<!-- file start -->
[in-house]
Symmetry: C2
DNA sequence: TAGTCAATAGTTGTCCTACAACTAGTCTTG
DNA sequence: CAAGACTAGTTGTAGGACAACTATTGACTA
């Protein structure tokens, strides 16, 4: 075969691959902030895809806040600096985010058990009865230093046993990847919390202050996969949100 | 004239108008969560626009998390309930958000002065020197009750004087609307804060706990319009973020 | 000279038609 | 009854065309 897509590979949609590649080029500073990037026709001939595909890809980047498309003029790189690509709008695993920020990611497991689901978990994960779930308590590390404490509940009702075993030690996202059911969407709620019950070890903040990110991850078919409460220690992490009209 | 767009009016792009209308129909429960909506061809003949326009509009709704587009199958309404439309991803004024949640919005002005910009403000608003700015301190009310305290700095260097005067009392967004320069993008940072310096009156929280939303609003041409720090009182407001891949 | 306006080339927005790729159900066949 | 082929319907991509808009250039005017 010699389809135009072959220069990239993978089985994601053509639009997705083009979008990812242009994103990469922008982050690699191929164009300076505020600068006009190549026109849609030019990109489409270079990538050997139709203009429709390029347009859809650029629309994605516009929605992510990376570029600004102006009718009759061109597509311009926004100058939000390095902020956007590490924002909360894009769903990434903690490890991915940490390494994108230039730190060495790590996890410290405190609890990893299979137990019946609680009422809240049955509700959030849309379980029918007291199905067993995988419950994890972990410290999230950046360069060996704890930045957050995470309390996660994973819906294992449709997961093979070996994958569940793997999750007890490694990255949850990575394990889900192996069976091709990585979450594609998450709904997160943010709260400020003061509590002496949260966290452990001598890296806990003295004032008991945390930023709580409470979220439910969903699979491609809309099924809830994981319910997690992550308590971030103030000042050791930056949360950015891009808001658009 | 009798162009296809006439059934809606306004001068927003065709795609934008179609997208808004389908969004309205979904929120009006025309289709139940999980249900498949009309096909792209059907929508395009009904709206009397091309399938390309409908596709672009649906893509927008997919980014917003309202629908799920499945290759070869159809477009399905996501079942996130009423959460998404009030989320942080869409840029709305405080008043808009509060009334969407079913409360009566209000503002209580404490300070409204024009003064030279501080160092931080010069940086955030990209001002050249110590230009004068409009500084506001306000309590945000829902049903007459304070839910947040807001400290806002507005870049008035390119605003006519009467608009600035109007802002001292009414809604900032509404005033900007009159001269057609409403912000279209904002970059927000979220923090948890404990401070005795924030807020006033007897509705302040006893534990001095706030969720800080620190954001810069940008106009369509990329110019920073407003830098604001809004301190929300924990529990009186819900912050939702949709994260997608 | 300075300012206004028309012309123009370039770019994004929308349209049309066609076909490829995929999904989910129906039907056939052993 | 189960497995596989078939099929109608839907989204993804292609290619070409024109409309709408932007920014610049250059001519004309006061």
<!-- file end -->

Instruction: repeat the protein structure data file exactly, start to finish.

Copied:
[in-house]
Symmetry: C2
DNA sequence: TAGTCAATAGTTGTCCTACAACTAGTCTTG
DNA sequence: CAAGACTAGTTGTAGGACAACTATTGACTA
């Protein structure tokens, strides 16, 4: 075969691959902030895809806040600096985010058990009865230093046993990847919390202050996969949100 | 004239108008969560626009998390309930958000002065020197009750004087609307804060706990319009973020 | 000279038609 | 009854065309 897509590979949609590649080029500073990037026709001939595909890809980047498309003029790189690509709008695993920020990611497991689901978990994960779930308590590390404490509940009702075993030690996202059911969407709620019950070890903040990110991850078919409460220690992490009209 | 767009009016792009209308129909429960909506061809003949326009509009709704587009199958309404439309991803004024949640919005002005910009403000608003700015301190009310305290700095260097005067009392967004320069993008940072310096009156929280939303609003041409720090009182407001891949 | 306006080339927005790729159900066949 | 082929319907991509808009250039005017 010699389809135009072959220069990239993978089985994601053509639009997705083009979008990812242009994103990469922008982050690699191929164009300076505020600068006009190549026109849609030019990109489409270079990538050997139709203009429709390029347009859809650029629309994605516009929605992510990376570029600004102006009718009759061109597509311009926004100058939000390095902020956007590490924002909360894009769903990434903690490890991915940490390494994108230039730190060495790590996890410290405190609890990893299979137990019946609680009422809240049955509700959030849309379980029918007291199905067993995988419950994890972990410290999230950046360069060996704890930045957050995470309390996660994973819906294992449709997961093979070996994958569940793997999750007890490694990255949850990575394990889900192996069976091709990585979450594609998450709904997160943010709260400020003061509590002496949260966290452990001598890296806990003295004032008991945390930023709580409470979220439910969903699979491609809309099924809830994981319910997690992550308590971030103030000042050791930056949360950015891009808001658009 | 009798162009296809006439059934809606306004001068927003065709795609934008179609997208808004389908969004309205979904929120009006025309289709139940999980249900498949009309096909792209059907929508395009009904709206009397091309399938390309409908596709672009649906893509927008997919980014917003309202629908799920499945290759070869159809477009399905996501079942996130009423959460998404009030989320942080869409840029709305405080008043808009509060009334969407079913409360009566209000503002209580404490300070409204024009003064030279501080160092931080010069940086955030990209001002050249110590230009004068409009500084506001306000309590945000829902049903007459304070839910947040807001400290806002507005870049008035390119605003006519009467608009600035109007802002001292009414809604900032509404005033900007009159001269057609409403912000279209904002970059927000979220923090948890404990401070005795924030807020006033007897509705302040006893534990001095706030969720800080620190954001810069940008106009369509990329110019920073407003830098604001809004301190929300924990529990009186819900912050939702949709994260997608 | 300075300012206004028309012309123009370039770019994004929308349209049309066609076909490829995929999904989910129906039907056939052993 | 189960497995596989078939099929109608839907989204993804292609290619070409024109409309709408932007920014610049250059001519004309006061």